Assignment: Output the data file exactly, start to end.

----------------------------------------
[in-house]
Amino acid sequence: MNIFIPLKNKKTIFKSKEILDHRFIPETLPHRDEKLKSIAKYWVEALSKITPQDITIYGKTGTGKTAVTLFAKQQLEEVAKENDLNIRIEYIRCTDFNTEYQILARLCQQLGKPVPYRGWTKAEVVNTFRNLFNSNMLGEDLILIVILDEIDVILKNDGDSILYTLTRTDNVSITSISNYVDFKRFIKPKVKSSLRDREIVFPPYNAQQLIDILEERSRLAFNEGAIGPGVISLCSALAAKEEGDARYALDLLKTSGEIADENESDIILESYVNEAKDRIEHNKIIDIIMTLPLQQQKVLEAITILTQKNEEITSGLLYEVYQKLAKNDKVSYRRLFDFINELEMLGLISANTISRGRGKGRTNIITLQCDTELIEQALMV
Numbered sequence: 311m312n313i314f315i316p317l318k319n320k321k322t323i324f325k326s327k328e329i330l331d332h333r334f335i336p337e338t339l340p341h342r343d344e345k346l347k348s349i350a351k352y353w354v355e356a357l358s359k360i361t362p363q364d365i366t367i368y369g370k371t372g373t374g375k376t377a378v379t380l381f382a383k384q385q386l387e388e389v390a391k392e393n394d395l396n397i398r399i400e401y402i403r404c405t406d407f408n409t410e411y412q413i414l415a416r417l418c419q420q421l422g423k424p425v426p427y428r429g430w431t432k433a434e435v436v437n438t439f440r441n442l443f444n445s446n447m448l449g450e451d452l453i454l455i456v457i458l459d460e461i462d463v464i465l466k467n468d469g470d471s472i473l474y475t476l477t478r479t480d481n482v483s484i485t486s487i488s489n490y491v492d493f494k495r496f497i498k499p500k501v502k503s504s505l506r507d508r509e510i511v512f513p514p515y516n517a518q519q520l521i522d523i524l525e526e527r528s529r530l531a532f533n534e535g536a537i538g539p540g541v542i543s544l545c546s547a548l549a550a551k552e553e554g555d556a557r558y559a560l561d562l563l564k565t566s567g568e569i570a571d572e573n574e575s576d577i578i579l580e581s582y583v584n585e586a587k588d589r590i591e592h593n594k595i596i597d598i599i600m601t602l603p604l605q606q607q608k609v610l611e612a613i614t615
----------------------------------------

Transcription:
[in-house]
Amino acid sequence: MNIFIPLKNKKTIFKSKEILDHRFIPETLPHRDEKLKSIAKYWVEALSKITPQDITIYGKTGTGKTAVTLFAKQQLEEVAKENDLNIRIEYIRCTDFNTEYQILARLCQQLGKPVPYRGWTKAEVVNTFRNLFNSNMLGEDLILIVILDEIDVILKNDGDSILYTLTRTDNVSITSISNYVDFKRFIKPKVKSSLRDREIVFPPYNAQQLIDILEERSRLAFNEGAIGPGVISLCSALAAKEEGDARYALDLLKTSGEIADENESDIILESYVNEAKDRIEHNKIIDIIMTLPLQQQKVLEAITILTQKNEEITSGLLYEVYQKLAKNDKVSYRRLFDFINELEMLGLISANTISRGRGKGRTNIITLQCDTELIEQALMV
Numbered sequence: 311m312n313i314f315i316p317l318k319n320k321k322t323i324f325k326s327k328e329i330l331d332h333r334f335i336p337e338t339l340p341h342r343d344e345k346l347k348s349i350a351k352y353w354v355e356a357l358s359k360i361t362p363q364d365i366t367i368y369g370k371t372g373t374g375k376t377a378v379t380l381f382a383k384q385q386l387e388e389v390a391k392e393n394d395l396n397i398r399i400e401y402i403r404c405t406d407f408n409t410e411y412q413i414l415a416r417l418c419q420q421l422g423k424p425v426p427y428r429g430w431t432k433a434e435v436v437n438t439f440r441n442l443f444n445s446n447m448l449g450e451d452l453i454l455i456v457i458l459d460e461i462d463v464i465l466k467n468d469g470d471s472i473l474y475t476l477t478r479t480d481n482v483s484i485t486s487i488s489n490y491v492d493f494k495r496f497i498k499p500k501v502k503s504s505l506r507d508r509e510i511v512f513p514p515y516n517a518q519q520l521i522d523i524l525e526e527r528s529r530l531a532f533n534e535g536a537i538g539p540g541v542i543s544l545c546s547a548l549a550a551k552e553e554g555d556a557r558y559a560l561d562l563l564k565t566s567g568e569i570a571d572e573n574e575s576d577i578i579l580e581s582y583v584n585e586a587k588d589r590i591e592h593n594k595i596i597d598i599i600m601t602l603p604l605q606q607q608k609v610l611e612a613i614t615